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B.C.’s trades sector is confident most of the thousands of workers required to build and operate the province’s first major LNG export facility will come from within the province.
LNG Canada’s $40-billion investment in a liquefied natural gas export terminal in Kitimat, B.C, and a 670-kilometre pipeline from Dawson Creek, is expected to generate roughly 10,000 jobs by 2021.
The joint-venture has agreed to place priority on local and B.C. hiring and has conditionally awarded a $620-million contract to work with Indigenous businesses in northern B.C. for the pipeline.
But some critics have questioned whether B.C. has the skilled labour supply needed to take full advantage of the touted economic benefits, which the government has said are a worthy tradeoff for the increase in carbon emissions the plant will bring.
Tom Sigurdson, executive director of the B.C. Building Trades Council, says the province’s workforce is ready.
“We may have to turn to other western provinces to get some of the trades, but for the most part I’m pretty confident that we’ll be able to supply the vast majority of the skilled labour force out of British Columbia,” Sigurdson said.
Some temporary foreign workers with specific expertise in LNG may be required when the plant goes into operation and about 950 more jobs come into effect, he added.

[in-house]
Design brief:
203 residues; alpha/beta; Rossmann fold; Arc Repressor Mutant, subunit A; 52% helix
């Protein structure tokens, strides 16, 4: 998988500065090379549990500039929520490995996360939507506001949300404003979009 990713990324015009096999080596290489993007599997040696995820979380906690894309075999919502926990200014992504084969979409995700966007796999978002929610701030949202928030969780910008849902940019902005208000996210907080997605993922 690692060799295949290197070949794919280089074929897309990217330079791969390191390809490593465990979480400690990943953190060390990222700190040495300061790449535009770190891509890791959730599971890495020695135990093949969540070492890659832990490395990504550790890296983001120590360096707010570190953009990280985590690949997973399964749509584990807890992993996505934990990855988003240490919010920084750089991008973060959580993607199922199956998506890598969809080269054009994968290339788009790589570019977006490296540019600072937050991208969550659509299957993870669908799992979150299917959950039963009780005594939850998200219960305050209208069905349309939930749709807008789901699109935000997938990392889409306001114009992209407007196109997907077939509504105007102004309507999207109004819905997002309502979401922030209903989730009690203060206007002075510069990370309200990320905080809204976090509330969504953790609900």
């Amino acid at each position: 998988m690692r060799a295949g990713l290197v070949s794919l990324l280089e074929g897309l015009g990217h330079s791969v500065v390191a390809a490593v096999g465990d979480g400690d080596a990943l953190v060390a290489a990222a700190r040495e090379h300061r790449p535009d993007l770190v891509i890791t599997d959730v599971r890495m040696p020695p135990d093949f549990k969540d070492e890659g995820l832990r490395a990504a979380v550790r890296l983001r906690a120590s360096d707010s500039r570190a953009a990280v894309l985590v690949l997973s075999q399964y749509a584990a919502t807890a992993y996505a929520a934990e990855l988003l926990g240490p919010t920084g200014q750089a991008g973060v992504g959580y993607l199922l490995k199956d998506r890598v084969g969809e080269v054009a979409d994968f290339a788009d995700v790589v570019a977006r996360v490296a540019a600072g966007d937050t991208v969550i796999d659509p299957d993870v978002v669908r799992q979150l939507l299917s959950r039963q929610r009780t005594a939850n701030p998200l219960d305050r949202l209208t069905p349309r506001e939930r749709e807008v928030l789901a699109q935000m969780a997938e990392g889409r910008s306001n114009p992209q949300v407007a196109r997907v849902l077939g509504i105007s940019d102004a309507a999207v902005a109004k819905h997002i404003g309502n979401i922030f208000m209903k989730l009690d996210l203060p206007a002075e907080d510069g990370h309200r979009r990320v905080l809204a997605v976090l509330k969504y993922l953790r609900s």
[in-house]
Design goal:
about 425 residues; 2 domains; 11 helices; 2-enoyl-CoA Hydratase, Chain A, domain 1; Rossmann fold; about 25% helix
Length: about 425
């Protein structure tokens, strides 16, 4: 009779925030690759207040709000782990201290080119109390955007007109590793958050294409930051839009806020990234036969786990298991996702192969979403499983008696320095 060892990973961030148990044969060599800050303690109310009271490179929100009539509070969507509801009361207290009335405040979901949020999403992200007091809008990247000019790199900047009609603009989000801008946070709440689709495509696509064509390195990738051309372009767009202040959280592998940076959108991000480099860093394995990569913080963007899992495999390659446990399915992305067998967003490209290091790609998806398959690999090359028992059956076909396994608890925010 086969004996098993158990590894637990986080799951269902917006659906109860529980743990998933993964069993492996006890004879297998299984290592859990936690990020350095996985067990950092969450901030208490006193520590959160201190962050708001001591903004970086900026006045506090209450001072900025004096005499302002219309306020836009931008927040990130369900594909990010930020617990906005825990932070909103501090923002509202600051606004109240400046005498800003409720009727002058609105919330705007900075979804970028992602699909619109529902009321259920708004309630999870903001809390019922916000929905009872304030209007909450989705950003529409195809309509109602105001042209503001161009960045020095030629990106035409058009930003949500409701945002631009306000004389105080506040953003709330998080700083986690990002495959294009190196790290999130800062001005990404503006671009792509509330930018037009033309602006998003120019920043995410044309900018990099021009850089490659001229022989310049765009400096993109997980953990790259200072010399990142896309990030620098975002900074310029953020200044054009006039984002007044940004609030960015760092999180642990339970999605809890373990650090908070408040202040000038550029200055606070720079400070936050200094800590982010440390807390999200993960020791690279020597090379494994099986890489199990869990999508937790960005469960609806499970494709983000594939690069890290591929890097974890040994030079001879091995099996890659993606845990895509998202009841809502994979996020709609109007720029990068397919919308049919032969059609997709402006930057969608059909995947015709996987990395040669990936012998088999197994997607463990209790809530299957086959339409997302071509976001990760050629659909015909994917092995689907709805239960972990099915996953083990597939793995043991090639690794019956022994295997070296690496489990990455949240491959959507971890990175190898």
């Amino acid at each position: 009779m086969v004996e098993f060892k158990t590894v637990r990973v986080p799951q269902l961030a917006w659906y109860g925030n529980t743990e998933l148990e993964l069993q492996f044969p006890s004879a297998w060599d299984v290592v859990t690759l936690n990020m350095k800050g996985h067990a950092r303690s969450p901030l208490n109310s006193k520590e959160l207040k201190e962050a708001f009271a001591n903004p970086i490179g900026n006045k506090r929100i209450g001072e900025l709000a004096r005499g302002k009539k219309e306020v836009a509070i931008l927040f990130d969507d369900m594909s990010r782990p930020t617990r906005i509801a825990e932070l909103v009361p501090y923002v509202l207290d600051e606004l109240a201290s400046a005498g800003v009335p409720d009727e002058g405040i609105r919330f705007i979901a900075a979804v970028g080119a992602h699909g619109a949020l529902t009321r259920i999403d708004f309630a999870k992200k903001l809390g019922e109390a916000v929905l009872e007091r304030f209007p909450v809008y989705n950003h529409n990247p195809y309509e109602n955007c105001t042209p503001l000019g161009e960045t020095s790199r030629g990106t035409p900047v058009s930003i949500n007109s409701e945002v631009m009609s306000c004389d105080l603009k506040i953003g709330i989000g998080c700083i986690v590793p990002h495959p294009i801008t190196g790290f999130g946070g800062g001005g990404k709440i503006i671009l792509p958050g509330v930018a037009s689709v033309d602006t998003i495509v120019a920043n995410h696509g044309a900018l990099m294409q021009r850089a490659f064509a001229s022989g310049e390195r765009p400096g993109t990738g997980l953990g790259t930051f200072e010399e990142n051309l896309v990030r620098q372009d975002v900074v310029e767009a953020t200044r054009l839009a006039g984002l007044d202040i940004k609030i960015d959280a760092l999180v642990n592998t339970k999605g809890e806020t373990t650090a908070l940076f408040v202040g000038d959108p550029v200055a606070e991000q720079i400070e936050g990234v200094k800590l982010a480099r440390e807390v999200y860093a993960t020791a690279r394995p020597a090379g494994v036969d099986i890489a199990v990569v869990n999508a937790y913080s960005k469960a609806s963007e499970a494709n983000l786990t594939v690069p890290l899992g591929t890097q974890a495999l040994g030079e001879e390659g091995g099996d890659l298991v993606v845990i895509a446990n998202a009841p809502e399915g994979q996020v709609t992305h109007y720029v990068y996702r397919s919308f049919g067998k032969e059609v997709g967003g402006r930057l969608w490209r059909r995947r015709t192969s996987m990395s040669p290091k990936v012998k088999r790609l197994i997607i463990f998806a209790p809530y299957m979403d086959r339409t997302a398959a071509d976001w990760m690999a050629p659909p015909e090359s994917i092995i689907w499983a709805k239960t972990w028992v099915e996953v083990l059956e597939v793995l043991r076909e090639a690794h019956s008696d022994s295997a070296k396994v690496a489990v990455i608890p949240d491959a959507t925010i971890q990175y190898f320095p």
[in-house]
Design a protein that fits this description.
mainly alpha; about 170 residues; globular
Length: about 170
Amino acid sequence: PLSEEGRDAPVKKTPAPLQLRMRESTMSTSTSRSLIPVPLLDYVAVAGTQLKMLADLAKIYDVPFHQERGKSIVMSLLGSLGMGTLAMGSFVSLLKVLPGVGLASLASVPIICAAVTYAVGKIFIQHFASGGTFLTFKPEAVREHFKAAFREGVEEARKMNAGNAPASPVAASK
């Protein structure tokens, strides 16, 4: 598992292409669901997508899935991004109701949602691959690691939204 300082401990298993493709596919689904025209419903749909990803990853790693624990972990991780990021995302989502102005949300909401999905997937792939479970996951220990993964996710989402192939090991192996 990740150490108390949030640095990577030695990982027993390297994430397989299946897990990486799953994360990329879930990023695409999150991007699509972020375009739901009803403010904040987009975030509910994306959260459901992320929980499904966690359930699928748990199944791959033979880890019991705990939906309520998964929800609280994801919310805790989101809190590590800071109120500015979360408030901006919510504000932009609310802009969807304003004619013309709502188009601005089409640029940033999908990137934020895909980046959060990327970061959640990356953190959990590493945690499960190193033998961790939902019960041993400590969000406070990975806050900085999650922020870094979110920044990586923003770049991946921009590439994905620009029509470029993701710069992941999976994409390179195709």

“I see that for the short term as being very temporary and in supervisory roles. We should be able to scale up a workforce sufficient enough that they will be able to do the plant operations.”
One reason B.C. is prepared is because planning for the construction boom that was expected to come with LNG started years ago when hopes were high in the province, said Sigurdson, who sat on a provincial LNG working group back in 2013.
At that time, it was hoped two major LNG facilities would be under construction at the same time, and there were fears B.C.’s labour force would fall short and large amounts of temporary foreign workers may be needed.
“We had a very real concern about skilled labour supply,” he said.
It took years longer than expected for B.C. to see a major LNG investment, but in that time labour market conditions have changed, in part due to downturns in Alberta’s oil patch and in Saskatchewan’s uranium industry, Sigurdson said.
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